PAGE TITLE

Food allergies, labels and misconceptions

Food allergies, labels and misconceptions

When you eat out or shop at the grocery store, you probably don’t worry about whether or not the food you’re buying will give you hives or worse. You might only second guess the nutrition of your order or check a label for carbs and calories, unless you’re one of roughly 9 million adults who deal with food allergies  – like me – or have a child with food allergies.

Food allergen labels and statements like “processed in the same facility as tree nuts” help me stay clear of allergic reactions ranging from mild discomfort to vomiting, stomach cramps, hives, wheezing, weak pulse, dizziness, and swelling of the tongue and throat, which can lead to closing of the throat and inability to breathe. Yikes!

Over the past few years, food allergies have become more well known in our society. Schools are banning peanut butter and homemade treats from their classrooms, while individuals who have celiac disease (gluten intolerance) or are lactose intolerant have enjoyed a growth of allergen-free choices at the supermarket.

Farmers, along with the food industry, see a need to produce safe products without ingredients that will make their consumers sick. Even though people know about food allergies, many are still confused about what causes the reaction.

We consume thousands of different proteins through the foods we eat. Out of those thousands, there are only a few proteins in our diets that cause allergies. Over 90 percent of the food allergies come from eight foods: milk, soy, eggs, wheat, peanuts, tree nuts, fish and shellfish.

Which brings us to a major misconception concerning GMOs (genetically modified organisms) and allergies.

Many consumers are concerned that GMO food is causing an increase in food allergies, which means they probably aren’t aware that they won’t be allergic to a GMO product if they aren’t allergic to its non-GMO counterpart. For example, if you are allergic to non-GMO soy, you will be allergic to GMO soy because their chemical makeup is the same. Likewise, if you’re not allergic to non-GMO soy, you won’t be allergic to GMO soy – for the same reason.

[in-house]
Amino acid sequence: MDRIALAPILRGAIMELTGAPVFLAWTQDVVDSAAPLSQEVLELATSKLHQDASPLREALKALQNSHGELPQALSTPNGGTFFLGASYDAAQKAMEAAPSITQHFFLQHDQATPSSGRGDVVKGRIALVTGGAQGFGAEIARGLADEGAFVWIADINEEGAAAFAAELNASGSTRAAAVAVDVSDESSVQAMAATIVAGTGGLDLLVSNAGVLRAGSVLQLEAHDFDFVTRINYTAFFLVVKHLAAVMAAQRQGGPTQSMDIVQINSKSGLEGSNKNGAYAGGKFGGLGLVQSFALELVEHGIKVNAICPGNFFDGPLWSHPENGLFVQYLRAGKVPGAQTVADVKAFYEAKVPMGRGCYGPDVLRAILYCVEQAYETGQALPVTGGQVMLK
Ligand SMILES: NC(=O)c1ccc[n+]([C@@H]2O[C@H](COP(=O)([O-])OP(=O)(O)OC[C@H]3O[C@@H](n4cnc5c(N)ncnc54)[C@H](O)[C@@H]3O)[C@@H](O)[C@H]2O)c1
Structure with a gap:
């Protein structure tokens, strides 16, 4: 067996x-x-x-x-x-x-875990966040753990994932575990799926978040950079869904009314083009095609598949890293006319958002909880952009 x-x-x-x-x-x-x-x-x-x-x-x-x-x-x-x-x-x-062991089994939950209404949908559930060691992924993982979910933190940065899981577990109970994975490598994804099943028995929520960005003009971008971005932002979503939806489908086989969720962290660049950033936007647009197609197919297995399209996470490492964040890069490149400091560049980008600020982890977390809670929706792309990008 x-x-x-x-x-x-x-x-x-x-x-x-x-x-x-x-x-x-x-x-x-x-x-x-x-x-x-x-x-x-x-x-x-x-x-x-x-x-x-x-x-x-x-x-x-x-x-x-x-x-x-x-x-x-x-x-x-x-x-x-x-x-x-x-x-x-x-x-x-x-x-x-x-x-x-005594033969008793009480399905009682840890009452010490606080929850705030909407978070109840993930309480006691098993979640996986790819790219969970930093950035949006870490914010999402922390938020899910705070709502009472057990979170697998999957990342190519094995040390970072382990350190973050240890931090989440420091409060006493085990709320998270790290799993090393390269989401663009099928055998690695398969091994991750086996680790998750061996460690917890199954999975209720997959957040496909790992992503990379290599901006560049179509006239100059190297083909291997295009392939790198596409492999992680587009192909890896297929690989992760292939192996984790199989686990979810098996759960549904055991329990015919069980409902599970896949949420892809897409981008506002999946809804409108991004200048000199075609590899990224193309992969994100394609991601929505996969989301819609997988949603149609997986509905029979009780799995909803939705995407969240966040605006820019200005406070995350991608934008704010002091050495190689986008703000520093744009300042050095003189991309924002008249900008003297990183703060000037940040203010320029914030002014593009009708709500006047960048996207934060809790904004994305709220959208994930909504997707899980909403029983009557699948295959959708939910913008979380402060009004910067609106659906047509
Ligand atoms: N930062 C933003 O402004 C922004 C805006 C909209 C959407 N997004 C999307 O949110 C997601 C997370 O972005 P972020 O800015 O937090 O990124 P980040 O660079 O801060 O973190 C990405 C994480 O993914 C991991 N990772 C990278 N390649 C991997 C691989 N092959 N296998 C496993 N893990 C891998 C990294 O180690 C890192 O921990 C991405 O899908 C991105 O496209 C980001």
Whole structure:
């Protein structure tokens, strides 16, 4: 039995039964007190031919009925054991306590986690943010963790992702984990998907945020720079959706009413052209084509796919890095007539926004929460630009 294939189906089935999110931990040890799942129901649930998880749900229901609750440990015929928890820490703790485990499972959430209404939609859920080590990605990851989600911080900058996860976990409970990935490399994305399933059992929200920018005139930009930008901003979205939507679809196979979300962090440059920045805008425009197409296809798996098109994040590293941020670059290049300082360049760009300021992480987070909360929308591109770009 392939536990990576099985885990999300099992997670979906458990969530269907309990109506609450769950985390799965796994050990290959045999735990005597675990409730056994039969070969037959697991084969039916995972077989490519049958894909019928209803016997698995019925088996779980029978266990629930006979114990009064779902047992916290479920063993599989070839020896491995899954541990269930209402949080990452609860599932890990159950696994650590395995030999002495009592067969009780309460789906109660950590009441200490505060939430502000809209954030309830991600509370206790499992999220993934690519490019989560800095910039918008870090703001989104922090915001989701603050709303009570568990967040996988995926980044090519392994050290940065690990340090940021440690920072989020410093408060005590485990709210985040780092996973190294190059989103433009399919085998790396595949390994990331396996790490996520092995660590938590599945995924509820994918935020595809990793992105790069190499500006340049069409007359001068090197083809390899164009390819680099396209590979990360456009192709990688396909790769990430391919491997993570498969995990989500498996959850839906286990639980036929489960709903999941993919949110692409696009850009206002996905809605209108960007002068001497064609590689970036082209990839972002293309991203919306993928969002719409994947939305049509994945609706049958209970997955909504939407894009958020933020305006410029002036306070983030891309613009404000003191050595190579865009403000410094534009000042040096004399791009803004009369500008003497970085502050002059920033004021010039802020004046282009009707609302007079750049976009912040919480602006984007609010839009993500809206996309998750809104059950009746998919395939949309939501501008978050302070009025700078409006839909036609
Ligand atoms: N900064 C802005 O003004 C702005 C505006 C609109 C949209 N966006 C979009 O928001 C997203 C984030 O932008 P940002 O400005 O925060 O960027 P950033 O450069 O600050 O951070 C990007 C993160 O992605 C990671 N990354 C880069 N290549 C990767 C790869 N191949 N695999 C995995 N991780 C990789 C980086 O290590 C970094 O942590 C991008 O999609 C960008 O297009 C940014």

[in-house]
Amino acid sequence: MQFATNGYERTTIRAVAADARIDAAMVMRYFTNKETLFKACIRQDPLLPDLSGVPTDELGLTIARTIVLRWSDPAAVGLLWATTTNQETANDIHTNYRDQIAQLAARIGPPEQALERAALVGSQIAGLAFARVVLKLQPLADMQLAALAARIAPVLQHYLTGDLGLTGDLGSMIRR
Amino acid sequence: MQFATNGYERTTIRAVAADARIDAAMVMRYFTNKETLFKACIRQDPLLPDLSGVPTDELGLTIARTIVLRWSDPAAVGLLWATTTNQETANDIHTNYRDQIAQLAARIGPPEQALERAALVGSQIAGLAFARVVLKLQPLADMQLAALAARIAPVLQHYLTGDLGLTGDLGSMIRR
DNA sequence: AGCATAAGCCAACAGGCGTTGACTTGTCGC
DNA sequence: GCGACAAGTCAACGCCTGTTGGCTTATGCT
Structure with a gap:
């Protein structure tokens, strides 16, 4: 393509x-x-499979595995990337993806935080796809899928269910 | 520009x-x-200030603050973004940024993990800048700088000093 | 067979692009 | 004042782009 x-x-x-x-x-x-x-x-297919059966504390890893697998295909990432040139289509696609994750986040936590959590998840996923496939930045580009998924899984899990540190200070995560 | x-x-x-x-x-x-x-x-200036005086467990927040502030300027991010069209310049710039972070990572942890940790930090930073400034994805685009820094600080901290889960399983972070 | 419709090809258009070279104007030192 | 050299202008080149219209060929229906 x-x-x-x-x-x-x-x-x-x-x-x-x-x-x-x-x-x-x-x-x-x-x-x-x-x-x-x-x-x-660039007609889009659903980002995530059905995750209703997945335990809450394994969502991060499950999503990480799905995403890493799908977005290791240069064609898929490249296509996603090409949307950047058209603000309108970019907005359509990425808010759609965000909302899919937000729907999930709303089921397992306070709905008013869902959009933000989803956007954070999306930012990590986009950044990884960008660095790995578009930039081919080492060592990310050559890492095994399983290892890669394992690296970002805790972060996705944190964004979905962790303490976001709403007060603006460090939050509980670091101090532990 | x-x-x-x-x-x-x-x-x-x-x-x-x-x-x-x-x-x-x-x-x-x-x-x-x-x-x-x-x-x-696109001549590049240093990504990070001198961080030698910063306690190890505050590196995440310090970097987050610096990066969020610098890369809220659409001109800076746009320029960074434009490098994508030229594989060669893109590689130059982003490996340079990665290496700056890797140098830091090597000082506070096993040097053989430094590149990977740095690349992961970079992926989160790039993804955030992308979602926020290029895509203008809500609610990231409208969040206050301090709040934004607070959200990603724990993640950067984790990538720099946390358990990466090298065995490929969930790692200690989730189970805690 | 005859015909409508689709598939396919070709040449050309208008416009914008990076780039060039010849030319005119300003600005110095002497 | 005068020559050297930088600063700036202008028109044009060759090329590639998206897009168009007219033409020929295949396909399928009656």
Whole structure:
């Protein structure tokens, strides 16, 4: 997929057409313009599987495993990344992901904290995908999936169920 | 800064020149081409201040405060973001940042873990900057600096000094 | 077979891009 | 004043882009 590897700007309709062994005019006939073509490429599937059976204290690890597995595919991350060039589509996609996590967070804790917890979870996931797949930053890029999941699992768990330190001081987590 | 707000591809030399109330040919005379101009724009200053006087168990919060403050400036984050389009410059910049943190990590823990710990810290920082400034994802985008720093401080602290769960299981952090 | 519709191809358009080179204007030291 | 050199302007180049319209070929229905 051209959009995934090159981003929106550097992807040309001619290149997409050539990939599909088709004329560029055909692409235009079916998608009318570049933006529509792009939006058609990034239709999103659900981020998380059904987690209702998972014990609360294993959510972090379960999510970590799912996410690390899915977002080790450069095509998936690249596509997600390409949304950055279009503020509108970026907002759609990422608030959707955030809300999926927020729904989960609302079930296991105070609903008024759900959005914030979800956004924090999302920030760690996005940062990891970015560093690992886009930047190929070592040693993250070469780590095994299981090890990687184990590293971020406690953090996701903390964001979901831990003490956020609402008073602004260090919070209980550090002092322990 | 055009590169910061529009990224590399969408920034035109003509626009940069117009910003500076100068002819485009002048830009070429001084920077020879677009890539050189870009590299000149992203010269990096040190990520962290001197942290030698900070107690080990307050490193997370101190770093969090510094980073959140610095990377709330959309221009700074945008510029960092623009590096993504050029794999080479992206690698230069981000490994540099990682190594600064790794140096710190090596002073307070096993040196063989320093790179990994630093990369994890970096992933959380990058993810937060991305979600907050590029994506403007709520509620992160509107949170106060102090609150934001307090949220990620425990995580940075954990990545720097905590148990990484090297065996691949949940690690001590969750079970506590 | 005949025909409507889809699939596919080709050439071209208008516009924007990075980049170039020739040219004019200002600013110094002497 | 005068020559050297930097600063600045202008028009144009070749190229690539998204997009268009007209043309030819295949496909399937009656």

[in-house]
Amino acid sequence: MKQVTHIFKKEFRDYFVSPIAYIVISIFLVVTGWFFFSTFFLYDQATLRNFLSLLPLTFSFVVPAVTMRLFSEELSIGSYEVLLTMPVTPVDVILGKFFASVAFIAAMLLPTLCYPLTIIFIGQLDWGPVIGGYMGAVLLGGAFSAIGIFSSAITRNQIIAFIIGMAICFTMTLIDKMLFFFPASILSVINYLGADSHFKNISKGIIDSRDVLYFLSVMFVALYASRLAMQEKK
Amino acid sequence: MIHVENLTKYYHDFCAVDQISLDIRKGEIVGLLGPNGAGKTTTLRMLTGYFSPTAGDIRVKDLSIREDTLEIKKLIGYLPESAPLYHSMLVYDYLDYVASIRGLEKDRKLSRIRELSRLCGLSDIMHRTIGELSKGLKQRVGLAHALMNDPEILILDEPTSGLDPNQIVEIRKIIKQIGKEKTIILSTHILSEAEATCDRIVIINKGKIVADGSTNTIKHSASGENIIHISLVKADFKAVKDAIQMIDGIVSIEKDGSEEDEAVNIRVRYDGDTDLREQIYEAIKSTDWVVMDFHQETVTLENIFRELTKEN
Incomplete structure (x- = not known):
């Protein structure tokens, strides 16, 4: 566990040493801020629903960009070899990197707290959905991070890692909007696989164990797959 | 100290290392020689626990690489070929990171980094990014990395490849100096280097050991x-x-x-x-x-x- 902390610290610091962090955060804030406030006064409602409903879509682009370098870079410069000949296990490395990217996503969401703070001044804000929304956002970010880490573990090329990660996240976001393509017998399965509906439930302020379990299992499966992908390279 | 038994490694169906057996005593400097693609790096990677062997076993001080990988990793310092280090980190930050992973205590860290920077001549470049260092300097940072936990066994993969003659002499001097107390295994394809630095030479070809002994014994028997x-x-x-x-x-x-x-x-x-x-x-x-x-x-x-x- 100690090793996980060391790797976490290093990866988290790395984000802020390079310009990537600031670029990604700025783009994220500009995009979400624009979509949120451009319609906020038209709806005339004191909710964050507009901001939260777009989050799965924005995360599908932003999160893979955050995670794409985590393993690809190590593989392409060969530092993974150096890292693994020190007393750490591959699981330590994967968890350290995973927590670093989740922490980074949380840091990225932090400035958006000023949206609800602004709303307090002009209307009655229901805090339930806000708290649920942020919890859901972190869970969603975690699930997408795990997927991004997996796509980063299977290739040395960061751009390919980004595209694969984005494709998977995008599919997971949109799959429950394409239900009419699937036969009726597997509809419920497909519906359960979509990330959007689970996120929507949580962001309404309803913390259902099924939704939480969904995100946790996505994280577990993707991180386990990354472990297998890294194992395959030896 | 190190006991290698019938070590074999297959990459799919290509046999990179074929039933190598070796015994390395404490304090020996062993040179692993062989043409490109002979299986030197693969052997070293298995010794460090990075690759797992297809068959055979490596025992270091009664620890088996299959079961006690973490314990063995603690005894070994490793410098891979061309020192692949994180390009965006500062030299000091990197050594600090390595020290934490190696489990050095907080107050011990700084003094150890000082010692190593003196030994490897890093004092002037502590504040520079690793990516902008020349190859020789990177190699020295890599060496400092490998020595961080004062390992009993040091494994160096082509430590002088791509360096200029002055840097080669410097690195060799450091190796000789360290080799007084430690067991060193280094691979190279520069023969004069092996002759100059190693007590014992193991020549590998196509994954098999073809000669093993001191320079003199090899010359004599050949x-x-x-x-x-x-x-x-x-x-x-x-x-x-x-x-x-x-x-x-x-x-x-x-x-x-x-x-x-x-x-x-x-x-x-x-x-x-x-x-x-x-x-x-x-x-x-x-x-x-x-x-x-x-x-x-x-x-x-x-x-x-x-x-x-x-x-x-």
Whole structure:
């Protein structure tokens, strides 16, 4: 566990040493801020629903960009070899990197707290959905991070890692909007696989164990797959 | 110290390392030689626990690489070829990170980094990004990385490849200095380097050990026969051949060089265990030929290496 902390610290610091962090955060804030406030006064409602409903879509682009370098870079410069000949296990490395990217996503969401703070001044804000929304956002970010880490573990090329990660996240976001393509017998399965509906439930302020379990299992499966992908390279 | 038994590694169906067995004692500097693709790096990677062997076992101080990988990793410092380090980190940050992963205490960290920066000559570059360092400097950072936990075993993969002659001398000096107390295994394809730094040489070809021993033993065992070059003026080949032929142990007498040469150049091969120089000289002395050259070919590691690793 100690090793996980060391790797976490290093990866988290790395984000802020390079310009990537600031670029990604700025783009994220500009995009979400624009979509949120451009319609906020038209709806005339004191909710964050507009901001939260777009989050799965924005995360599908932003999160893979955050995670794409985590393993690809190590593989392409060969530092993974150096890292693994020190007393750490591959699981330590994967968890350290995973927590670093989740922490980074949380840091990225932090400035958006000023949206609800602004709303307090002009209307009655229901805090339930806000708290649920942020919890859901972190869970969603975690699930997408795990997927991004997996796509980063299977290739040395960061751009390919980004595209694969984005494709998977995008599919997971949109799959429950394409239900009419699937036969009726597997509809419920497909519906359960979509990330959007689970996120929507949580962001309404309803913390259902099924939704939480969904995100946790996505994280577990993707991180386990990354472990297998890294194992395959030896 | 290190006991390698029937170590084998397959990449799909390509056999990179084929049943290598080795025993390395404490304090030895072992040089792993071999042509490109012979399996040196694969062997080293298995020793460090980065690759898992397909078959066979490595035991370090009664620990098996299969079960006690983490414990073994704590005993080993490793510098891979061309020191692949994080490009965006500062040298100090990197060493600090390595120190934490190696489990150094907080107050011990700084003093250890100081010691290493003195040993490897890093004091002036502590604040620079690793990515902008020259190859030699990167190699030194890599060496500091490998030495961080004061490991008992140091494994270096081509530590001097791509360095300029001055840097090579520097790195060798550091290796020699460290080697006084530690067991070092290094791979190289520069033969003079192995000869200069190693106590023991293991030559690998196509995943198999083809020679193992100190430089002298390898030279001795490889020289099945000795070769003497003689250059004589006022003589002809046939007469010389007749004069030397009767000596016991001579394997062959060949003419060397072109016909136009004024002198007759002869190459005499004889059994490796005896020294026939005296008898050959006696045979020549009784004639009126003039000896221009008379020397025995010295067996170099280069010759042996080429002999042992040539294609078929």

The U.S. Food and Drug Administration focuses on allergy issues and requires companies to analyze the proteins they use in the biotechnology process to determine that the proteins are not allergenic. The process to create a genetically modified food is well regulated and takes years to be approved. Rest assured, the GMO product won’t contain an added protein that causes an allergic reaction!

Additionally, there’s new research showing that genetically modified foods have the potential to make food safer! Theoretically, if you removed the proteins that cause allergies from a plant, there wouldn’t be an allergic reaction. Right now, scientists are trying to create a peanut with modified genes that are no longer allergenic. There’s a possibility that someday everyone may be able to enjoy a tasty peanut butter and jelly sandwich. Until then, sunflower butter is a good alternative.

While debunking misconceptions about food allergies, it’s important to know that the food industry and farmers are doing their part to provide a safe, reliable food source for everyone including those with food allergies. With the regulations and testing done on new foods, you can be ensured that your food is safe for you.

By Megan Striegel. Megan is Iowa Farm Bureau's online marketing intern.



Want more news on this topic? Iowa Farm Bureau members may subscribe for a free email news service, featuring the farm and rural topics that interest them most!